The system 2 may be used to provide general information about the actual flows of resources over time and to generate alarms in case of sudden failures. Besides the system may be used to estimate or predict future resource flow of the devices.

The system 2 may also be used to simulate the future resource flow of a new constellation of devices (e.g., if a company considers to increase the number of devices due to an increased production capacity demand).

The system 2 may be used to benchmarking similar devices, to perform service surveillance on technical devises, and to allow for remote surveillance.

The sensors S1, S2, S3, S4 and the meters M1, M2, M3 may each contain a unique identifier (e.g., number, signature, description, or ID). In this way the router 4 or the user interface 10 is capable of coupling each incoming wireless signal 34 with a specific device. In other words, the use of a unique identifier secures that the wireless signal 34 can be used in an optimum way by the route 4 or the user interface 10.

The sensors S1, S2, S3, S4 may be configured to detect when the devices D1, D2, D3, 12, 16, 24 are activated (when the devices are switched on or when there is a flow of a resource, e.g., water, gas, or current, through the device).

FIG. 5 illustrates a portion of a system 2 according to principles of the present invention. FIG. 5 illustrates how a system 2 can be used to measure water flow in a main pipe 14 and in a number of smaller distribution pipes 16.

The water supplied to the installation is metered by one main meter M1 that provides measurements of high precision (e.g., approved by authorities or within standards for flow measurements). The main pipe 14 is in fluid communication with a plurality of smaller distribution pipes 16, while a number of sensors S1, S2 and S3 are attached to the outside of some of these smaller distribution pipes 16, 16′, 16″.

In the following, we take a look at the metering at sensor S1. The sensor S1 is a piezoelectric sensor that includes simple piezo elements. Thus, the sensor signal changes with the flow in the pipe 16. The signal from the sensor S1 depends, however, on the material and the dimension of the pipe 16, the sensor attachment, and the medium (in this example water). Accordingly, and the sensor signal must be “transformed” or “adjusted/calibrated” to give the actual flow (the flow that would be achieved by using a high precision meter). In a prior art system it would be necessary to apply “a high quality sensor” configured to measure flow in the specific environment (the dimensions of the pipe 16, the material of the pipe 16, and attachment type).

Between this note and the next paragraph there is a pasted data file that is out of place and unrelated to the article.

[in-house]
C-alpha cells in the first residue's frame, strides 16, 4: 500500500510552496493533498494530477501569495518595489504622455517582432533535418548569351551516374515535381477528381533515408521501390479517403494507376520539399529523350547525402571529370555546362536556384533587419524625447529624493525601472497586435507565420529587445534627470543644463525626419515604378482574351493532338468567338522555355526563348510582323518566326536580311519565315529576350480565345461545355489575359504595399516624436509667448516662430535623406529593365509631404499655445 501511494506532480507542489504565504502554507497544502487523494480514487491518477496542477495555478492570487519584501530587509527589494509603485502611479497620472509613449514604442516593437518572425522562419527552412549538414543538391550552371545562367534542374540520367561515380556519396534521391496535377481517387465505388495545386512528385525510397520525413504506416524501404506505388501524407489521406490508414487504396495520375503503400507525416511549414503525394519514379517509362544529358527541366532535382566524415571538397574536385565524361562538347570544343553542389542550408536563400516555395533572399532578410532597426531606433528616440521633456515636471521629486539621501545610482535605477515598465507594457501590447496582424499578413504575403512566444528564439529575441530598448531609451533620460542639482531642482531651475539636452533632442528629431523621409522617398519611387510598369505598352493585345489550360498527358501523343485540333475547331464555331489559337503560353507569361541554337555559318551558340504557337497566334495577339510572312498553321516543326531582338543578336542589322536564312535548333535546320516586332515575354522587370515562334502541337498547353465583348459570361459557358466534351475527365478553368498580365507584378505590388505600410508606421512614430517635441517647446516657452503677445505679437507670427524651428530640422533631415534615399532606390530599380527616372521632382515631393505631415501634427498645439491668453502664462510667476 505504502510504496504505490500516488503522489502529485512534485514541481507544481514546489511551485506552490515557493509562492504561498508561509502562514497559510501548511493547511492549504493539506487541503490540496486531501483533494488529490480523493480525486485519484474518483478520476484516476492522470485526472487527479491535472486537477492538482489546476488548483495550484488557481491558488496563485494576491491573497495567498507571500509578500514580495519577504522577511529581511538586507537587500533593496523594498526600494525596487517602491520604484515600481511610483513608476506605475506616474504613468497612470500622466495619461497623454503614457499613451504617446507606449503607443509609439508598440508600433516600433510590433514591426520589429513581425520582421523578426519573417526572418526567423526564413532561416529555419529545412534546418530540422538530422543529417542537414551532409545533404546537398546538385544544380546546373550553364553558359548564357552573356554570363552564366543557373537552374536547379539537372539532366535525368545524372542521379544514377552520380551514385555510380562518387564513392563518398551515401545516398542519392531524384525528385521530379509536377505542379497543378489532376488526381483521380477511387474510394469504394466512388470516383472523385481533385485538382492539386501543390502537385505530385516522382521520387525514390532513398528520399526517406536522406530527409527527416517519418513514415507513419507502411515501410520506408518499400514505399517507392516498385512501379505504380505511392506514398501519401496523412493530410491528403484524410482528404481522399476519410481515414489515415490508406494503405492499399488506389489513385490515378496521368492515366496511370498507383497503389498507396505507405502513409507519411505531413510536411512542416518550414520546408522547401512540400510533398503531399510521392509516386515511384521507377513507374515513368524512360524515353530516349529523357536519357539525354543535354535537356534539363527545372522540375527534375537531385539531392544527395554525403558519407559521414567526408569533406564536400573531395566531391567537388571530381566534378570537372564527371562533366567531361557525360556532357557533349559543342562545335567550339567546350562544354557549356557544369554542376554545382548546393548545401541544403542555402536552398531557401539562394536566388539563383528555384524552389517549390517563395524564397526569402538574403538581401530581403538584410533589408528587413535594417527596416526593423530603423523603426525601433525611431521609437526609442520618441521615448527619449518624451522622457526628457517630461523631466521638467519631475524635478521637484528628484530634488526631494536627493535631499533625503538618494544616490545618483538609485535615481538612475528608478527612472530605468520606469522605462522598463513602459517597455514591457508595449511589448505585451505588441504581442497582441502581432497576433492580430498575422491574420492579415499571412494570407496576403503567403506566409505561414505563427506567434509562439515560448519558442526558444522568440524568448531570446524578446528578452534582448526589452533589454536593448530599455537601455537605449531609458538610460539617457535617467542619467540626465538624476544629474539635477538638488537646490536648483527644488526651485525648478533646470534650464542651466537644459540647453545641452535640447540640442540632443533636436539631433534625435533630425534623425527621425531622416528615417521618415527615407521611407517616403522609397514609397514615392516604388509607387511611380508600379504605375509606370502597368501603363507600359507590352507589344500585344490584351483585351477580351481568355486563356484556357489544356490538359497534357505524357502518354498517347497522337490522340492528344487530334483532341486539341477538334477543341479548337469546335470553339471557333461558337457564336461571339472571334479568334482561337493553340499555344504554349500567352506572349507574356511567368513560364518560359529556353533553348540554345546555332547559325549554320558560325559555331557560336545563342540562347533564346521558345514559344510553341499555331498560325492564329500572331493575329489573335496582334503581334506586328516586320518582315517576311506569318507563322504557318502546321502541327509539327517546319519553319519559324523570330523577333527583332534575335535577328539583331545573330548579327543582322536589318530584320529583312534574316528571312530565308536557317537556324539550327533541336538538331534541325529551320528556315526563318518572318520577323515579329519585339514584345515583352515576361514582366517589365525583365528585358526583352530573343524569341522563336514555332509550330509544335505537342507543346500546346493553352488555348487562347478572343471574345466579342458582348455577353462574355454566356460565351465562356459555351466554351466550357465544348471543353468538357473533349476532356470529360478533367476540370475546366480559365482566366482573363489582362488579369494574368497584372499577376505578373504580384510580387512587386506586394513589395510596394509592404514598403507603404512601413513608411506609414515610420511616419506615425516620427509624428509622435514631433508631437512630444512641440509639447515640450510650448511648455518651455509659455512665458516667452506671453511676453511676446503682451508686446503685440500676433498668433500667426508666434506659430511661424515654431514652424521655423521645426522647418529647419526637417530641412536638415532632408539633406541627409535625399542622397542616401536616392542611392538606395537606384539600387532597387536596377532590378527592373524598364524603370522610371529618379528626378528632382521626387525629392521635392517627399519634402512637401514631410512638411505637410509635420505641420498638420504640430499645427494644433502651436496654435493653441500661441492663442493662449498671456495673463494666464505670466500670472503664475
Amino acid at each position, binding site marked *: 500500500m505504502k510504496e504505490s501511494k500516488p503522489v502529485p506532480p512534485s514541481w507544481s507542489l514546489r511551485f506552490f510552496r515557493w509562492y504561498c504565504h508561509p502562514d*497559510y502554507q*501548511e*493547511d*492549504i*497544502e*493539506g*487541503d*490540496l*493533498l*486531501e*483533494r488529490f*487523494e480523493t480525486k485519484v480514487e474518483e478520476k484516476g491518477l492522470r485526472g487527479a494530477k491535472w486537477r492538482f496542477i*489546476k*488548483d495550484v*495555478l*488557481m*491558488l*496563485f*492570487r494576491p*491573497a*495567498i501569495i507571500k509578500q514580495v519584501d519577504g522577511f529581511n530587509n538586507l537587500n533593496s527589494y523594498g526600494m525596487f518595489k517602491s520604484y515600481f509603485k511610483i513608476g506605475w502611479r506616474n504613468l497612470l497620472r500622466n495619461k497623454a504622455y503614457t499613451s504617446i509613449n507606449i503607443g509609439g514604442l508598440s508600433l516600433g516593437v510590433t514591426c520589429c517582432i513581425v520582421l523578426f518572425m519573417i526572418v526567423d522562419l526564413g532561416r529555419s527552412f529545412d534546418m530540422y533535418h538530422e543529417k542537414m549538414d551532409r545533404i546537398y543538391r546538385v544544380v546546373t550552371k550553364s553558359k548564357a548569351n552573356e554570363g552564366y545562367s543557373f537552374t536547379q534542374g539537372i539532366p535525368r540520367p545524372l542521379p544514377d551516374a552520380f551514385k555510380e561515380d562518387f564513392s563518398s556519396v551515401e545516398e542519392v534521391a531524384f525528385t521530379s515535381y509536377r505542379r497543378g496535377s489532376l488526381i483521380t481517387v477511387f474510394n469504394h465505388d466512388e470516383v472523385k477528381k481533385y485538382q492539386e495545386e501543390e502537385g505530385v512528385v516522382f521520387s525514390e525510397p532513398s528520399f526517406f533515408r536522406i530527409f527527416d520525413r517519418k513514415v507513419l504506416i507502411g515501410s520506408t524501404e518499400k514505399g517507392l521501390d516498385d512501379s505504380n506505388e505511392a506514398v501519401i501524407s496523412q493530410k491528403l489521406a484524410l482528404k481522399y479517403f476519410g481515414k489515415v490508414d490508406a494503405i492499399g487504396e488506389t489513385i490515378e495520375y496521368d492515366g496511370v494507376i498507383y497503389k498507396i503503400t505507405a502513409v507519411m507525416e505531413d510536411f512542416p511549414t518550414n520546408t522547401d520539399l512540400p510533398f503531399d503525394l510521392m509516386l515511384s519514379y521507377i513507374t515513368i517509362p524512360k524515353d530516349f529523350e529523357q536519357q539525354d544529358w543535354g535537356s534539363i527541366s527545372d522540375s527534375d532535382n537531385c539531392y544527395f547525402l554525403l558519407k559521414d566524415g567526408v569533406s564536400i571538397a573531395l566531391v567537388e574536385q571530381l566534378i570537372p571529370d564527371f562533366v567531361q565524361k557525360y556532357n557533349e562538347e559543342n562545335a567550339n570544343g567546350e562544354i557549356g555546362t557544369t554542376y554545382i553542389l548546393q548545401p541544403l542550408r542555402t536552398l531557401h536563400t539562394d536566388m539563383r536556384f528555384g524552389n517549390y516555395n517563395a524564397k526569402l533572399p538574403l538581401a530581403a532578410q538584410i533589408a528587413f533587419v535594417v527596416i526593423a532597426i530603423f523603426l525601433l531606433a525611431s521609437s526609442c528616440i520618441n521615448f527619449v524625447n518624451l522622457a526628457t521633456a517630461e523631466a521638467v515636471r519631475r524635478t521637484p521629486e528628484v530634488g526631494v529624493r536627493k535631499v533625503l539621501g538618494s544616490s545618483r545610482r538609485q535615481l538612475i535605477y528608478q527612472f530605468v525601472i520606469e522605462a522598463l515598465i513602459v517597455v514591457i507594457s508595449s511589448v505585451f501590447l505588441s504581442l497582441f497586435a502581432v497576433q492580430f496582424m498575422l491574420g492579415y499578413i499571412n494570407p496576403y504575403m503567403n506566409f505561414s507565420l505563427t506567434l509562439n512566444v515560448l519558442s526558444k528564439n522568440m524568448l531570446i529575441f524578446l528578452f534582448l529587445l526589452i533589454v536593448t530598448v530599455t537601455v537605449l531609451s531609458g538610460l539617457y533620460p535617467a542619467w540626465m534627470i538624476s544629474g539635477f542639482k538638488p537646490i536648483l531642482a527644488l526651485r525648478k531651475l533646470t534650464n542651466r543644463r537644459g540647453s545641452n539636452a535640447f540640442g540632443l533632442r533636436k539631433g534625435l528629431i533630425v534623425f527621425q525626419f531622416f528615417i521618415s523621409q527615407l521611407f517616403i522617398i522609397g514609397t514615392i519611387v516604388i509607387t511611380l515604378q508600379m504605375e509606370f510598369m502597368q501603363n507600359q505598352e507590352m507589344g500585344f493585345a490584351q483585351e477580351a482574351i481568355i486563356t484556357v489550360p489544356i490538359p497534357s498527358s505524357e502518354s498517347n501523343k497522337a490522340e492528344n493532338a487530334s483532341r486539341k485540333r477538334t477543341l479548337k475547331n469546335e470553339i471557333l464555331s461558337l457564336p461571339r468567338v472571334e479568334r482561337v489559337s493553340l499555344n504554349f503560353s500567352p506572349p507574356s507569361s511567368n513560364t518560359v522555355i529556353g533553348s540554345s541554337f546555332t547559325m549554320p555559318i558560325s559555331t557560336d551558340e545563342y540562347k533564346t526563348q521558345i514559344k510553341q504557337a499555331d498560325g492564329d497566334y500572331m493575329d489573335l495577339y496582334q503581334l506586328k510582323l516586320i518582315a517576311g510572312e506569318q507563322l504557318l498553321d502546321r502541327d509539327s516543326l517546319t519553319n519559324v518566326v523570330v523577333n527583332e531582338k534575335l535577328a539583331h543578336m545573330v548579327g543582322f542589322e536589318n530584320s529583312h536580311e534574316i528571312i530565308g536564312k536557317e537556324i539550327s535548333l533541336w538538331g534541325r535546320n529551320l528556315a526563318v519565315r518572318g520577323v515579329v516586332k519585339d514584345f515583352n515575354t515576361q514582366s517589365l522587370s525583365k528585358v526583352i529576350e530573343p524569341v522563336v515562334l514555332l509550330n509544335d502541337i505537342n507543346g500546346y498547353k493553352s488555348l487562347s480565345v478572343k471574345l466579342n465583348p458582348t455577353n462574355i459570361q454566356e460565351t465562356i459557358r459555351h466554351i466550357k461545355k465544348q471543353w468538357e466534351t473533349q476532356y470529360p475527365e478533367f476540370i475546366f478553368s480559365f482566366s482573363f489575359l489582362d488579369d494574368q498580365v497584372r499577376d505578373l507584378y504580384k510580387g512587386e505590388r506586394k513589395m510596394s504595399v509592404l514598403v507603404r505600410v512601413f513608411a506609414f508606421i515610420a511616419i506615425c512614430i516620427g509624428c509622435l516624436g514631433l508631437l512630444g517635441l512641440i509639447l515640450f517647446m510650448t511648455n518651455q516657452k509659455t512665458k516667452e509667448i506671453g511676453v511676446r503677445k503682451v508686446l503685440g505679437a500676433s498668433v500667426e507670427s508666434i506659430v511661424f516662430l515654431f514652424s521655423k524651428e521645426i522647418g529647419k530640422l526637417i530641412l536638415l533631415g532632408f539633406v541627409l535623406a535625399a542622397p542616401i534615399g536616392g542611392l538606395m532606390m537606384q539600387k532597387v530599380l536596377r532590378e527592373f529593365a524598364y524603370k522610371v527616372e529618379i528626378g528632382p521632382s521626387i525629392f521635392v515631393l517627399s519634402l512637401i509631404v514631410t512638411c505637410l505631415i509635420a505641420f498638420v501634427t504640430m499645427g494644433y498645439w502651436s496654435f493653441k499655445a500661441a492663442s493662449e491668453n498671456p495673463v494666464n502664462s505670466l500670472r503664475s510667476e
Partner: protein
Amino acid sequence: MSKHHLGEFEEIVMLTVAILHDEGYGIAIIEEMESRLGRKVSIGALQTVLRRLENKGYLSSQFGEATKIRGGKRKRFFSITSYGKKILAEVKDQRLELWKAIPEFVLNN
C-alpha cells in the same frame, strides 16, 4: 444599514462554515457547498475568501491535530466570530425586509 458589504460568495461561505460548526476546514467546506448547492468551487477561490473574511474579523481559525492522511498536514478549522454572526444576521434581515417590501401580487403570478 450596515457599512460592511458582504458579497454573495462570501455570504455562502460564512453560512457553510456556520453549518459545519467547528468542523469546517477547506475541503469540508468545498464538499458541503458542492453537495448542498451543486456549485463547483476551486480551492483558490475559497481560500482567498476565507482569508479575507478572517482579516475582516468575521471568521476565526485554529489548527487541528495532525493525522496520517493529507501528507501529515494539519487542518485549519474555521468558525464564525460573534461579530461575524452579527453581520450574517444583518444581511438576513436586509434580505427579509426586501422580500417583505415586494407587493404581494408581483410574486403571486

Since the present invention applies a mathematical statistic model it is possible to use a simple sensor S1 to determine the flow at the pipe 16. The use of a mathematical statistic model makes it possible to compensate for the low precision of the sensor S1.

The sensor S1 is attached to the outside of the pipe 16 and hereafter it is possible to sample a series of measurements from the sensor S1, over a timespan.

In the same timespan a series of measurements is sampled from the main meter M1 in the same timespan.

The mathematical statistic model is used to estimate the part of the main meter flow that flows through the pipe 16 having the sensor S1 attached to it. It is possible to carry out a time-dependent transformation of the measurements of sensor S1 in order to correct for the actual environment of the sensor S1.

A less computer-demanding approach can be obtained by using a mathematical statistic model to estimate if a time-independent transformation can be used.

It may be an advantage to use the time-independent transformation, rather than the full mathematical statistic model, on the running measurements from the sensor S1.

It may be beneficial from time to time, to test if the precision of the transformation is acceptable, and update it if needed, using the mathematical statistic model.

The necessary amount of samples needed can be obtained by estimating the measurement error of the transformation. In this manner, the results can be detained until the desired precision is obtained.